This was supposed to be the week of one massive return.
A whirlwind span of time where the women’s basketball news cycle spun around Breanna Stewart and her return to the WNBA. The Seattle Storm were scheduled to open their season Friday against the Dallas Wings at Alaska Airlines Arena.
Stewart suiting up for the Storm would’ve completed her comeback from rupturing her right Achilles tendon in April 2019 while playing in Russia.
In reality, life is calm as Stewart stays in her Belltown apartment with her mother amid the coronavirus pandemic. A steady routine of workouts was broken up April 14 when she noted the anniversary of suffering the injury.
“I had a little celebration for myself, just appreciating that I got back because in the beginning, you don’t see the light at the end of the tunnel,” Stewart said.
The 6-foot-4 forward was racking up awards and titles globally before rupturing her Achilles while playing for Dynamo Kursk in the 2019 EuroLeague championship game in Sopron, Hungary.
Stewart led the Storm to the 2018 WNBA title — the franchise’s third championship — and was named league and finals MVP. Then, as Team USA won the 2018 FIBA Women’s Basketball World Cup, Stewart collected that MVP honor plus the 2018 USA Basketball Female Athlete of the Year award.
Kobe Bryant was one of the many people to reach out to Stewart once her injury occurred. He tore his Achilles in April 2013, the beginning of three consecutive season-ending injuries that ultimately prompted his retirement from the NBA.
Bryant’s death in a helicopter crash along with his daughter Gigi and seven others was the day before Stewart made her official return to playing with Team USA in January. She wore Nikes with the victims’ names written along the side and finished with three points in 17 minutes.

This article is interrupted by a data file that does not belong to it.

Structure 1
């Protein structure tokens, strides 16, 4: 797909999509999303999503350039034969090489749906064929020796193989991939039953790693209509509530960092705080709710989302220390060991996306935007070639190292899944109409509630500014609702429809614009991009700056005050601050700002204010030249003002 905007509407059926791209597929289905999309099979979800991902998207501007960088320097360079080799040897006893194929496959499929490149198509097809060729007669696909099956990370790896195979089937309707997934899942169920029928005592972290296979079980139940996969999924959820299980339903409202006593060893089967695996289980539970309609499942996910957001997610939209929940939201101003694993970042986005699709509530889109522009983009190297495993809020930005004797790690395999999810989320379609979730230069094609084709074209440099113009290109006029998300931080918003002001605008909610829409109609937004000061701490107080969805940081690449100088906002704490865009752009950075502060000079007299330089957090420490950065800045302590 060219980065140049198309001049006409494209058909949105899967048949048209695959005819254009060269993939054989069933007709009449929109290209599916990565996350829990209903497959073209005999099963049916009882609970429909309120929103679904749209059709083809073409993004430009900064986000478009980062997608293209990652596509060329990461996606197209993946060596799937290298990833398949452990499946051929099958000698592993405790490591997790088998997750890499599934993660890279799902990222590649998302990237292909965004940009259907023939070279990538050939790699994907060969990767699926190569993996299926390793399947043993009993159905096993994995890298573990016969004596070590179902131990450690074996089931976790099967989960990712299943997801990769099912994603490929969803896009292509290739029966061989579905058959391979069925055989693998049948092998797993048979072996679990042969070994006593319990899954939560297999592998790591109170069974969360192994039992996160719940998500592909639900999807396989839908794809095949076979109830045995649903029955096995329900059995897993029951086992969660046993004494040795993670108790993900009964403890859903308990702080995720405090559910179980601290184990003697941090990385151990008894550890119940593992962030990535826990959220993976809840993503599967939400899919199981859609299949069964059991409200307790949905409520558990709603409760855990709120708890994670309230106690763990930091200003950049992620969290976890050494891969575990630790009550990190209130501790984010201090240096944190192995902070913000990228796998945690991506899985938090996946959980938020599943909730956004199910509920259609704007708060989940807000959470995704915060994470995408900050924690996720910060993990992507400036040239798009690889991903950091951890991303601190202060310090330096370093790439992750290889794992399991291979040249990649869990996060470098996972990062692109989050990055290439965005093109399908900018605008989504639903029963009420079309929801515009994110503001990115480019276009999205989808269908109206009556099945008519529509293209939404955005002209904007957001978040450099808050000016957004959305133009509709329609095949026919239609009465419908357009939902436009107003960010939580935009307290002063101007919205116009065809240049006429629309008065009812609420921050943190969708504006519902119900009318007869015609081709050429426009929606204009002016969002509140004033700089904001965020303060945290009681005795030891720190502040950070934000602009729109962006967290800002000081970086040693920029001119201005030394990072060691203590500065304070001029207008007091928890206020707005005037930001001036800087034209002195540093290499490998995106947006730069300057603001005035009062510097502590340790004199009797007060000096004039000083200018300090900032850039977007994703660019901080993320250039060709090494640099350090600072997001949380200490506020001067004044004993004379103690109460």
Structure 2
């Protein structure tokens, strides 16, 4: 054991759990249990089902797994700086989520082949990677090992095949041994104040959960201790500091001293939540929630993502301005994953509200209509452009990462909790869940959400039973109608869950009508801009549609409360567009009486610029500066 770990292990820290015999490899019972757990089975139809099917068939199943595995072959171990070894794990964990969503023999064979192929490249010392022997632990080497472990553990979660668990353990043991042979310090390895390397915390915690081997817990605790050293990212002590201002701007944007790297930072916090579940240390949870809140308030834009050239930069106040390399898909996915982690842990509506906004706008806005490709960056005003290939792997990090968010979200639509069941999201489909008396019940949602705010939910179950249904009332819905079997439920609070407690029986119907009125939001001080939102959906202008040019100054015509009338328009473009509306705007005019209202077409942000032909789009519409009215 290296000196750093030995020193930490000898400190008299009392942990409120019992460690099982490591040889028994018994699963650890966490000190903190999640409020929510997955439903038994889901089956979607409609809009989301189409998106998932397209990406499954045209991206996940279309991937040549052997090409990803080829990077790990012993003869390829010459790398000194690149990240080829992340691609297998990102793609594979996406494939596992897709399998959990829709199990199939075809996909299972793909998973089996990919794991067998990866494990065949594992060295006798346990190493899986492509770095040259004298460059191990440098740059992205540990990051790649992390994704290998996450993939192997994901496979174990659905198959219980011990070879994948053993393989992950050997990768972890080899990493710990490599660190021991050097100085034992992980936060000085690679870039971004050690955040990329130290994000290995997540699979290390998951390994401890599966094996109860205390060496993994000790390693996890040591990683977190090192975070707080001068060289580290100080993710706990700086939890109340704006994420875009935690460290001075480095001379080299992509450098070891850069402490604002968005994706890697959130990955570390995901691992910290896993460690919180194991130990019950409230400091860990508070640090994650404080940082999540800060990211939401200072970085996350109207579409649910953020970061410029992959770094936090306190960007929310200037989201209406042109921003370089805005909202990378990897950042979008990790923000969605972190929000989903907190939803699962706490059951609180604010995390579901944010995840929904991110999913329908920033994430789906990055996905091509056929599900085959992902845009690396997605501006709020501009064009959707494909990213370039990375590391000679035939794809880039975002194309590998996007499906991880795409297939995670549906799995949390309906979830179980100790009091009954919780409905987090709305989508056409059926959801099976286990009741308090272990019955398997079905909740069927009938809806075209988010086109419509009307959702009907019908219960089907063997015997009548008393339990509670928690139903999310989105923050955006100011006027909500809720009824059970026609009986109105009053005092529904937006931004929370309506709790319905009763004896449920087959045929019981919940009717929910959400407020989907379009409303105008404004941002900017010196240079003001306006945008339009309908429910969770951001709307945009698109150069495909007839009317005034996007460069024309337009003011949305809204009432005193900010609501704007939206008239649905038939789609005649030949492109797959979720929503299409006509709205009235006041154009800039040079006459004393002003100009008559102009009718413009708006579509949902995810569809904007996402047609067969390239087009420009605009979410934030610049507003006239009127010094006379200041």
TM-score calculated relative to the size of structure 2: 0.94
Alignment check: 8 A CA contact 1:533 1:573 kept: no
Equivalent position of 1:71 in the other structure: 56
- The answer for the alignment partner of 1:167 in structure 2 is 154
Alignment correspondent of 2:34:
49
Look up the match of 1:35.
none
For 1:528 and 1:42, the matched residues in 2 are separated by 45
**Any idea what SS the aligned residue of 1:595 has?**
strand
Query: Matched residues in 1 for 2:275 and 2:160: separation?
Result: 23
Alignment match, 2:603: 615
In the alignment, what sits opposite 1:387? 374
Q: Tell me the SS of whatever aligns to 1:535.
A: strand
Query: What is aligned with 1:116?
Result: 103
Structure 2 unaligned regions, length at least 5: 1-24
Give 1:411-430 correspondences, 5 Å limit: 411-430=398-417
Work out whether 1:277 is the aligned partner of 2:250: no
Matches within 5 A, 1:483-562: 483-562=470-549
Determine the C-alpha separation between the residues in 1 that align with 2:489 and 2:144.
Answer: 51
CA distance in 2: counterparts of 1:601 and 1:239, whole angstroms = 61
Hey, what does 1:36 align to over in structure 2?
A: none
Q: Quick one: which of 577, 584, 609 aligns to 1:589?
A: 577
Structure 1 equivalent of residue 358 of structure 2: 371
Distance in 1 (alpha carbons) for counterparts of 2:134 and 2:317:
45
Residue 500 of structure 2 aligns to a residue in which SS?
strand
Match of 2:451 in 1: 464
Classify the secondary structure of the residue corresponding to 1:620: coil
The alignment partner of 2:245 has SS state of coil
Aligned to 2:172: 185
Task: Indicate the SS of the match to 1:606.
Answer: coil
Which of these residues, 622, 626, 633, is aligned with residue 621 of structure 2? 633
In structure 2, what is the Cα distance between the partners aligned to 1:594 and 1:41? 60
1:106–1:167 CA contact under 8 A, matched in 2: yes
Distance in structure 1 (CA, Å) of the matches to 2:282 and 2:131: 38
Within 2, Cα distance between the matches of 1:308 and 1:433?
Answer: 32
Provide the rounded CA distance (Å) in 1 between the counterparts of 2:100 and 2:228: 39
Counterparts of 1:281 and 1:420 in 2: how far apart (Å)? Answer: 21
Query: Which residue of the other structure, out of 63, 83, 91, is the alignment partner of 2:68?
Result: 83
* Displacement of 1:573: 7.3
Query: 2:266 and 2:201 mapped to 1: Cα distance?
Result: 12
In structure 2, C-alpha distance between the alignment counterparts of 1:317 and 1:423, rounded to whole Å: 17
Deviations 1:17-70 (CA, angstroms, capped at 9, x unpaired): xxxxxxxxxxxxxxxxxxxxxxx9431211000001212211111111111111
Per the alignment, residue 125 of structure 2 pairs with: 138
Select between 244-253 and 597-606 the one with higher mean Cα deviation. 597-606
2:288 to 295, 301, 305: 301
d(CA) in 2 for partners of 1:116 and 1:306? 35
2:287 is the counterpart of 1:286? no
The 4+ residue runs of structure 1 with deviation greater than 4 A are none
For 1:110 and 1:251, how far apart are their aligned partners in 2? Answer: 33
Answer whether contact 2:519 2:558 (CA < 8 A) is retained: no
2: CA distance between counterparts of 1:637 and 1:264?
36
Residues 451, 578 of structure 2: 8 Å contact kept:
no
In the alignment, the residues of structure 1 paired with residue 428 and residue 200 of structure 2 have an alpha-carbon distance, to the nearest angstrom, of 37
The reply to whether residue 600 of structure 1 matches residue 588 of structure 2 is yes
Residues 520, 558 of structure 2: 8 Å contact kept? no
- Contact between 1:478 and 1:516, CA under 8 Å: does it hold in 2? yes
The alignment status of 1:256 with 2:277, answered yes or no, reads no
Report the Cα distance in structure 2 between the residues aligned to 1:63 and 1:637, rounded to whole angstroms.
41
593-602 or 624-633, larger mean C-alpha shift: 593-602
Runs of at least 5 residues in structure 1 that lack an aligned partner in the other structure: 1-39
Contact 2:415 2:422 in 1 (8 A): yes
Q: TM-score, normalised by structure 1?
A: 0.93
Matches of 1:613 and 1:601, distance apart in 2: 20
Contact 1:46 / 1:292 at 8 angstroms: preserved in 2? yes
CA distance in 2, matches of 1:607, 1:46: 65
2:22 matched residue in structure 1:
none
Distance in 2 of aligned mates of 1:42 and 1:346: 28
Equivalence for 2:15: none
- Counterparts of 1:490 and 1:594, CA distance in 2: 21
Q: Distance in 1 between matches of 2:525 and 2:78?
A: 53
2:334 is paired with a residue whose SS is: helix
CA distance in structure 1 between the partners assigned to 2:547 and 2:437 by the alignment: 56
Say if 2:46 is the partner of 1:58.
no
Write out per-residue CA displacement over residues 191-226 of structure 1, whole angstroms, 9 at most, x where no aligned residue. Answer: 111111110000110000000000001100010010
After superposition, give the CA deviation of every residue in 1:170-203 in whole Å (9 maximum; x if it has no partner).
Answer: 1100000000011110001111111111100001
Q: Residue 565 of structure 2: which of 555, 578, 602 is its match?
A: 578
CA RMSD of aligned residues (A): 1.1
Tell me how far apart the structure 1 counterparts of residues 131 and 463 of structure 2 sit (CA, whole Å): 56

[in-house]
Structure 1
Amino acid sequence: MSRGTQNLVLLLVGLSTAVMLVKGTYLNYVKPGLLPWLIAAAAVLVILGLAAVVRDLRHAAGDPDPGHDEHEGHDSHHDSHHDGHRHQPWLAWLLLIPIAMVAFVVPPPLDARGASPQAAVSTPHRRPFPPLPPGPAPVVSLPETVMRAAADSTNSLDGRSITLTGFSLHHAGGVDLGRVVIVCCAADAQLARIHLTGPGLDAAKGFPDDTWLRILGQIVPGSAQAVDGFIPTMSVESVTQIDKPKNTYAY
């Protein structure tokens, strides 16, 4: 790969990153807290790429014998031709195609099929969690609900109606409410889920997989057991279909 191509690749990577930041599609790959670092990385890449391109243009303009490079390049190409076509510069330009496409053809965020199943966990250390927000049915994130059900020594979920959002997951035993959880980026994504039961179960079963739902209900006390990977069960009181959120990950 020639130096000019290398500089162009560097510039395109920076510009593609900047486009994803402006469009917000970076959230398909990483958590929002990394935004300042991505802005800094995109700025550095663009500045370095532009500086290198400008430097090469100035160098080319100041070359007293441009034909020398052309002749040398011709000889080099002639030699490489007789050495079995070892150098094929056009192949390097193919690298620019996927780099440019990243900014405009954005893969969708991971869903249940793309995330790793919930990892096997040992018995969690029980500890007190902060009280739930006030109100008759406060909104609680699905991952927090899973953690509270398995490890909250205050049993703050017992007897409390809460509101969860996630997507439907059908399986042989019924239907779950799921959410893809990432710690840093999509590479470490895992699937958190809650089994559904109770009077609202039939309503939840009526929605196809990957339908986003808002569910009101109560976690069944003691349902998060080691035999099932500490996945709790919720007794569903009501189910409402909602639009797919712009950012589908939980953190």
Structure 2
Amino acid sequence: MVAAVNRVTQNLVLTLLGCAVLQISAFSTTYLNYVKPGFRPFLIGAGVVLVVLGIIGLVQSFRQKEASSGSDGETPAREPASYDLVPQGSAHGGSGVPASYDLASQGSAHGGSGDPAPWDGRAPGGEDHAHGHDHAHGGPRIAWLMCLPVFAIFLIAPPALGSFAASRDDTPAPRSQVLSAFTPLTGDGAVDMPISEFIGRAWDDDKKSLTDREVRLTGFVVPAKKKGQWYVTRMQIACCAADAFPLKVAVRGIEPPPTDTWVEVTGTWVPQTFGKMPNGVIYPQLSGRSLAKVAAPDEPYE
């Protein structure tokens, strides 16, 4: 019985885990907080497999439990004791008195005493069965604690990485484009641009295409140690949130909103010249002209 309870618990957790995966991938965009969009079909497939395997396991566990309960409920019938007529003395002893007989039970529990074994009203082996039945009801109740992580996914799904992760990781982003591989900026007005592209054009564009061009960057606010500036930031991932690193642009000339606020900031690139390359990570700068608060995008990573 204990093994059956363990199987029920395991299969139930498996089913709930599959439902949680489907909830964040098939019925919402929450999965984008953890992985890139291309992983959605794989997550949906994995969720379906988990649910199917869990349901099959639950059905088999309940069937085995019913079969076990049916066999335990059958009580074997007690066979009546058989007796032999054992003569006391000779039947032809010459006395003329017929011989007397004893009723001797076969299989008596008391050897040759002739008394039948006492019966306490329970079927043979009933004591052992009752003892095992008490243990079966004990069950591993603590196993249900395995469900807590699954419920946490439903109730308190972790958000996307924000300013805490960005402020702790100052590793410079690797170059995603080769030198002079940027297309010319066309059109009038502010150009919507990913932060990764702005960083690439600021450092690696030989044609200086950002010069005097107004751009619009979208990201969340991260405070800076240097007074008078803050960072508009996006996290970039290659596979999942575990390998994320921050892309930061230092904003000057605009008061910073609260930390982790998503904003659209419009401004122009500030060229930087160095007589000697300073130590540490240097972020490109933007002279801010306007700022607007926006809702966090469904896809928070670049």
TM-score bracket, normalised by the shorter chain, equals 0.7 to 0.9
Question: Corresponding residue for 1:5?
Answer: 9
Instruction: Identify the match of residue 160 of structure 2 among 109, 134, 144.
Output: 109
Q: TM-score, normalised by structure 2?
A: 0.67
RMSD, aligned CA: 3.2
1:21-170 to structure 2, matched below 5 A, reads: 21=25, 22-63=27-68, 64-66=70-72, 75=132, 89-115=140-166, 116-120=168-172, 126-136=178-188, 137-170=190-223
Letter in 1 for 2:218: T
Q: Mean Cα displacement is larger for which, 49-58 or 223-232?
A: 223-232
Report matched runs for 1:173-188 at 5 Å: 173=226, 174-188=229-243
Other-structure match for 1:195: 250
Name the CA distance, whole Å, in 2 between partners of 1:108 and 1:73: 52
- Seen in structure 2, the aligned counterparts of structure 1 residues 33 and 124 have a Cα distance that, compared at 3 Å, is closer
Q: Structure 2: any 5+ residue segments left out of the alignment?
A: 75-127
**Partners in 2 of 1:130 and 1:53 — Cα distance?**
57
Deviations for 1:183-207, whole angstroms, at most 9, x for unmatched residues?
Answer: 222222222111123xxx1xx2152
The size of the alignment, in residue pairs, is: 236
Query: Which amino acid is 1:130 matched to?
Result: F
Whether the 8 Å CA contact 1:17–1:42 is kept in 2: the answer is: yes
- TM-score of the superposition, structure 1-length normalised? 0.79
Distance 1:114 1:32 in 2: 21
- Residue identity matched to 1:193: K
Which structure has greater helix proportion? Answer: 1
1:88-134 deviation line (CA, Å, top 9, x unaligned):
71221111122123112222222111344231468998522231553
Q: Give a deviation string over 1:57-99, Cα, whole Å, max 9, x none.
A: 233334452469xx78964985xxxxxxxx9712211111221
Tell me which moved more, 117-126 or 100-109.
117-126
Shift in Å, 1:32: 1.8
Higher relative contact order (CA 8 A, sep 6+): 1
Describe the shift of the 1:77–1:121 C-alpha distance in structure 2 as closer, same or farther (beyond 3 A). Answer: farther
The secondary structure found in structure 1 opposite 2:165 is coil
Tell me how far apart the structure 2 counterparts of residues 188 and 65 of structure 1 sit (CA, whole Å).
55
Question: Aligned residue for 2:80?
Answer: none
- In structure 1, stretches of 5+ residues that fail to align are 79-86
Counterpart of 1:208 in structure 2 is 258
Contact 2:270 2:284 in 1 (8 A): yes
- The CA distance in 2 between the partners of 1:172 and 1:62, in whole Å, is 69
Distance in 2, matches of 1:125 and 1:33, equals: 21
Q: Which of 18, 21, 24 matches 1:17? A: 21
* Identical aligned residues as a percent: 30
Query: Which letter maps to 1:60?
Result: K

“To have the news of his death the day before I was about to play my first game back on the court was crazy to me,” Stewart said. “He’s obviously a legend and an icon, but he was someone that was there for me when I was at my lowest. Once I was getting back, he wasn’t there.”
Emotion surrounding the deaths made the game an actual blur to Stewart. She accepted a contract to return to Russia to play, this time with UMMC Ekaterinburg where she reached a benchmark in her recovery in playing without time restrictions.
In her best EuroLeague regular-season matchup against a Turkish team, Stewart had 16 points, eight rebounds and five assists in 30 minutes. Shortly after, however, games were canceled as the virus began to spread across Europe and Asia.
“Practices were intense, I was playing with maybe six other WNBA All-Stars,” Stewart said of the roster that included Brittney Griner, Courtney Vandersloot and Emma Meesseman. “It challenged me and was exactly what I needed to get that confidence back. (But) right when I was getting into my stride and the momentum of feeling comfortable again, this (pandemic) kind of halted things. At the same time, I had to go at least six, seven months without really being able to do much on the basketball court so right now isn’t something that’s foreign to me.”
Stewart, 25, said a set of weights and a new Peloton Bike are her best friends. She finds peace in being overall healthy and able to spend quality time with her mother.
For now, the sports fix is through whatever replay ESPN is airing.
The WNBA hasn’t provided players with any updates regarding ways to hold its 2020 season. Some teams, like the Minnesota Lynx, have held “virtual training camps,” but any workouts across the league are strictly voluntary.
The Storm clinched a postseason berth in 2019 despite not having Stewart and point guard Sue Bird (knee). After winning a single-elimination playoff game, Seattle lost in the second round to the Los Angeles Sparks.
“I hope we’ll know more information sooner than later,” Stewart said. “They want to have a season just like the rest of us and are looking to be very flexible to make that happen this year. It’s not going to be a season any of us are used to, but if we can still get on the court, I think that’s a win for everybody.”